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Facebook confronts growth problems as number of young users in US declines

For almost a decade, Facebook has fretted over an existential problem: it is failing to attract young users in the US.

Internal documents show that the number of US Facebook users under 30 is in decline and that Instagram, which has been phenomenally popular since being bought by Facebook in 2012 for $1bn, appears to be reaching the limits of its growth among younger users in key markets, raising serious questions about the company’s future.

Now, one of the company’s solutions to its growth challenges — encouraging users to open multiple accounts — is causing technical, reputational and legal headaches.

In particular, Facebook seems to be struggling to accurately count how many real users its services have. This is causing problems for its advertising business, the main driver of its revenues, which rose 56 per cent in the past quarter to $29.1bn.

The issue was revealed in documents disclosed by former Facebook employee Frances Haugen to regulators and Congress, and obtained in redacted form by a number of news organisations including the Financial Times, as well as court and other regulatory filings.

One internal study from 2021 of 5,000 new users found that about 40 to 60 per cent of new US accounts are made by users who already have a Facebook account, a huge share for a platform that originally aimed to represent a person’s real identity online. It added that Facebook may even be underestimating the scale of duplicate accounts.

Another research note found that there are now more US accounts registered to 18- to 30 year-olds on the app than actual people in that demographic, deeming this an “elephant in the room”. It added that this oversaturation could have a knock-on impact on other related metrics, making them less reliable.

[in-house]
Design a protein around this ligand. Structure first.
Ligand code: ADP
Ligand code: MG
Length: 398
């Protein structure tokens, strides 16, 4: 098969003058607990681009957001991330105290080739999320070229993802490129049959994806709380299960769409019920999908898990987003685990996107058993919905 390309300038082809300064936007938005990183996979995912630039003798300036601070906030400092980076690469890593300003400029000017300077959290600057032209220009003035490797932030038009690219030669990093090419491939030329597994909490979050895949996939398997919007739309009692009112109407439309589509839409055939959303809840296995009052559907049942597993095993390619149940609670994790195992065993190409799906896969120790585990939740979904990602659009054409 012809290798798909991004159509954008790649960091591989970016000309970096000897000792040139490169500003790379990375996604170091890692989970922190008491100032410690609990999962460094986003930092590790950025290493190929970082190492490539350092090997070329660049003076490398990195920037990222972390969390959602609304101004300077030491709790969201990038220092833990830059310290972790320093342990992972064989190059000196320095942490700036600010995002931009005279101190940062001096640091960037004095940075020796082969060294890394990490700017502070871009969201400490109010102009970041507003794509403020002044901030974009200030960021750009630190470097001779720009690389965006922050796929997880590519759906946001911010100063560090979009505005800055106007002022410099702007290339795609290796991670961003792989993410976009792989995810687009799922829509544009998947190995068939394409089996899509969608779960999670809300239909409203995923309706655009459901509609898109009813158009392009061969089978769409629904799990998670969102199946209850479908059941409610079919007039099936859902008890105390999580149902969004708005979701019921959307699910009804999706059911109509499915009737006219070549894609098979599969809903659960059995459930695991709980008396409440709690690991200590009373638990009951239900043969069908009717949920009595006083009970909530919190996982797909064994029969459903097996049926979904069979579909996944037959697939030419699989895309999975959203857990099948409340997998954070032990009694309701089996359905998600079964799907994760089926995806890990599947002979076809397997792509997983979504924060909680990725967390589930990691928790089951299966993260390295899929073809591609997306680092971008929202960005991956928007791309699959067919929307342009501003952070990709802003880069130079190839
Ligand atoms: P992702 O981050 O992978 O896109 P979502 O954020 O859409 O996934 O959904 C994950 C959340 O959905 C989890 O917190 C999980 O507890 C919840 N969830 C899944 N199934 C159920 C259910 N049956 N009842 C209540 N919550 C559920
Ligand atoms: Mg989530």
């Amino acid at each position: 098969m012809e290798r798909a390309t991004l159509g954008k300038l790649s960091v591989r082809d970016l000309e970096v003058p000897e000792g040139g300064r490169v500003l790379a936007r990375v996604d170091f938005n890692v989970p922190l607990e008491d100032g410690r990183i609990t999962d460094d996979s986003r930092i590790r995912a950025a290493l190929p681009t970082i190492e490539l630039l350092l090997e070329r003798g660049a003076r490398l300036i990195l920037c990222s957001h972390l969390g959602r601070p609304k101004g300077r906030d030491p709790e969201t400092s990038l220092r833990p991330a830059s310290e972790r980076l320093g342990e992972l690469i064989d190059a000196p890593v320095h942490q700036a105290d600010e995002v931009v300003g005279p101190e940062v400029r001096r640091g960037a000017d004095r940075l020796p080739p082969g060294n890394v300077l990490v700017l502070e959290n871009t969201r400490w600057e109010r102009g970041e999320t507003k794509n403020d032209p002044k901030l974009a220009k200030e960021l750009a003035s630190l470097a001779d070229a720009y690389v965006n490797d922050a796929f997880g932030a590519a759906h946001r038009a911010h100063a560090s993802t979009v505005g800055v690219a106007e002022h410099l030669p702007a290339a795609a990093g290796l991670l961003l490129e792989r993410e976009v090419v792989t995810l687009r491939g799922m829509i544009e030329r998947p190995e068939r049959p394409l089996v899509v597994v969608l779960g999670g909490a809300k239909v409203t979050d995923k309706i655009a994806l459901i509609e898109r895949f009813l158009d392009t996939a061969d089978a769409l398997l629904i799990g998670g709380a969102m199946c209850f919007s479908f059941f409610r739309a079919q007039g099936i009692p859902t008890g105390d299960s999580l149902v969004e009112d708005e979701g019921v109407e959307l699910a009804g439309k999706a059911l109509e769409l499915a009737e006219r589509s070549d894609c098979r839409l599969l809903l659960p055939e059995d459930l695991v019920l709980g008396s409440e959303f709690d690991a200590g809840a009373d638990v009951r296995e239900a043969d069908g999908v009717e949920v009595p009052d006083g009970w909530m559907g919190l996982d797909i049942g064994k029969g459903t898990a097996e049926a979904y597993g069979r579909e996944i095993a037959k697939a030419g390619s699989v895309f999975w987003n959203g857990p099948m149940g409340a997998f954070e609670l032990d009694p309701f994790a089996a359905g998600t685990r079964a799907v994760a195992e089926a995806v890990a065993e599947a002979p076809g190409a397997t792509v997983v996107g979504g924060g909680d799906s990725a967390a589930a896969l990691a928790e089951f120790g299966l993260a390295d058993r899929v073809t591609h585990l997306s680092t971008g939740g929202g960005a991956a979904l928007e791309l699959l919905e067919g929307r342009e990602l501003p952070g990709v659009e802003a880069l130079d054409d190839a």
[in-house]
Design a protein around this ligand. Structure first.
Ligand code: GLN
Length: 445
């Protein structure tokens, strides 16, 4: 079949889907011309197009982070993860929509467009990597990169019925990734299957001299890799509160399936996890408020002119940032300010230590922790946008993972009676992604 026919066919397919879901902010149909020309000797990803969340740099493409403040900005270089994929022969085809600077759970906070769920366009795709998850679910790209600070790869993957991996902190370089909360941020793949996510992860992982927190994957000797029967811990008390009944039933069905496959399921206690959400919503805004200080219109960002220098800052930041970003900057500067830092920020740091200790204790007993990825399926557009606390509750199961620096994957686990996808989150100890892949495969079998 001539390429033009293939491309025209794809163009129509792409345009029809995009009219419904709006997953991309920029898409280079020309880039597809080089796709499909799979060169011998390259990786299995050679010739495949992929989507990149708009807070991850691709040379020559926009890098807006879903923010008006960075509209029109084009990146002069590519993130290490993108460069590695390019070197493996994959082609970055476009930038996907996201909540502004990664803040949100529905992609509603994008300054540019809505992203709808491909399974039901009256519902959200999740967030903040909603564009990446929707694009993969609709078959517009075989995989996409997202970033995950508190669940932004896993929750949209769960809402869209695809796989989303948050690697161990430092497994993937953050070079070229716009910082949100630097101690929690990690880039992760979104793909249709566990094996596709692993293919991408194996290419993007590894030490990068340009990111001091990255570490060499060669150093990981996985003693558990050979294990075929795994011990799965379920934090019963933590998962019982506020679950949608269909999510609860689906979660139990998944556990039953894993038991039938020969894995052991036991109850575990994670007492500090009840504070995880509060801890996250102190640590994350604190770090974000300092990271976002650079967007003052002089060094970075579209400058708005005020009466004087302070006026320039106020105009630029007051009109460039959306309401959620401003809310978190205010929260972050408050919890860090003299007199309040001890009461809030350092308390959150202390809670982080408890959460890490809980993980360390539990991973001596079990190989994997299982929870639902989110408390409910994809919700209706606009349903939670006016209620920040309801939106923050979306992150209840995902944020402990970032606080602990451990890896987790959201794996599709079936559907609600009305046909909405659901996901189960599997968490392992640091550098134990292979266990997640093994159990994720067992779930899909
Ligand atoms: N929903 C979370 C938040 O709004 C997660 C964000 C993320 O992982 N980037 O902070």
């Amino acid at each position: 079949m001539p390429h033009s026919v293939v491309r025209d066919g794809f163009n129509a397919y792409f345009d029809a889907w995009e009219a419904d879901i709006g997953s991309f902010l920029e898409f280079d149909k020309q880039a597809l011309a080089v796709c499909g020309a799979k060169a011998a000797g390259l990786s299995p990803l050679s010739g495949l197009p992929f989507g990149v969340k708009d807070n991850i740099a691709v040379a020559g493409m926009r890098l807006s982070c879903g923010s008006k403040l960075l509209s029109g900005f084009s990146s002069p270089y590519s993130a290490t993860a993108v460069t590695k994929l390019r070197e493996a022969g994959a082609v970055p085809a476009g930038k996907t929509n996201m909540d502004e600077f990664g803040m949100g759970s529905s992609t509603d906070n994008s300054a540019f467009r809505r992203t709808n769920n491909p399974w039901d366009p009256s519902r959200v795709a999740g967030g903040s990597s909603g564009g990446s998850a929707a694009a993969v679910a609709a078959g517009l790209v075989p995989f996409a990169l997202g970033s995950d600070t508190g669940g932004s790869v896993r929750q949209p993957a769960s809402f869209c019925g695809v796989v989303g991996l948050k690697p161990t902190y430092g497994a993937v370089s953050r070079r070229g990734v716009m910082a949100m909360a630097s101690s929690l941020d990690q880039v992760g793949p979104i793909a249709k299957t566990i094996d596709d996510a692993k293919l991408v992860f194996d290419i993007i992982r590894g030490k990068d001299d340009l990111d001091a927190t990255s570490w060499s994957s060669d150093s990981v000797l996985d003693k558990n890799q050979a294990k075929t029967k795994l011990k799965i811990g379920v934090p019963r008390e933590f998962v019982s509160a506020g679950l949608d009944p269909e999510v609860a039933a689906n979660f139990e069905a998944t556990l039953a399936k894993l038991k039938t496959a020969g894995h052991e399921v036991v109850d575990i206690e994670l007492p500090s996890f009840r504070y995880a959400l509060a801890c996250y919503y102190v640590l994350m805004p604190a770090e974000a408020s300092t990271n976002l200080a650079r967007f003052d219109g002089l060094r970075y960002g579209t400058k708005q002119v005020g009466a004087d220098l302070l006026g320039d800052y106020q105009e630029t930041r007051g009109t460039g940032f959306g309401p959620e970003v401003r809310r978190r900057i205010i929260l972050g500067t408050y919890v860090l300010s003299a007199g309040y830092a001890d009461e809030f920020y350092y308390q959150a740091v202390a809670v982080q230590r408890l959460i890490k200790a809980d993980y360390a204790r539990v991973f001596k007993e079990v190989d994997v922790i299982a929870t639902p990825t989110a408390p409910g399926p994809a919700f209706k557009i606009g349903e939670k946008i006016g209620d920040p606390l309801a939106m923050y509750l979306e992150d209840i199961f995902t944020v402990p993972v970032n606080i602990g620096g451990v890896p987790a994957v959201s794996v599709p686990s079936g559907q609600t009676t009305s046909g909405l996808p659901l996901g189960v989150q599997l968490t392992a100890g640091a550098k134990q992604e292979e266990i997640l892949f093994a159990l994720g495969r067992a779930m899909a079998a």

Market penetration among teenagers

The reliability of Facebook’s statistics has led to pressure from many marketers for the company to open up its platforms to third-party verification.

“At least in financing you can have auditors,” said Melinda Byerley, founder of digital marketing consultancy Fiddlehead. “There’s no third party that oversees the quality of [Facebook’s] data, and boy is that scary.”

Facebook said that in the past quarter it had 2.9bn monthly users across the world and that users had risen 7 per cent year on year. The company does not strip out duplicate accounts from these quarterly user figures but does provide them in an annual regulatory filing. In 2020, the company estimated that 11 per cent of monthly active users were duplicates.

Often, multiple accounts are created because a user cannot access an existing one, a problem Facebook tries to solve by directing users to reset their passwords.

But memos show that Facebook and Instagram staffers are also pushing for users to open multiple accounts as part of a growth strategy. Internal research dating back as far as 2018 suggested that allowing users, particularly teenagers, to create multiple identities and profiles drives engagement, “large growth and sharing increases”.

For example, many Instagram users have both a private and a public account. But market penetration among teenagers on the platform in the US and UK stands at 108 and 132 per cent respectively because of duplicate accounts, according to a slide deck first published by the Wall Street Journal.

Facebook’s share price has fallen 9 per cent since the WSJ began publishing revelations from the internal documents obtained by Haugen.

“It’s not a revelation that we study duplicate accounts, and this snapshot of information doesn’t tell the full story,” said Joe Osborne, a Facebook spokesperson.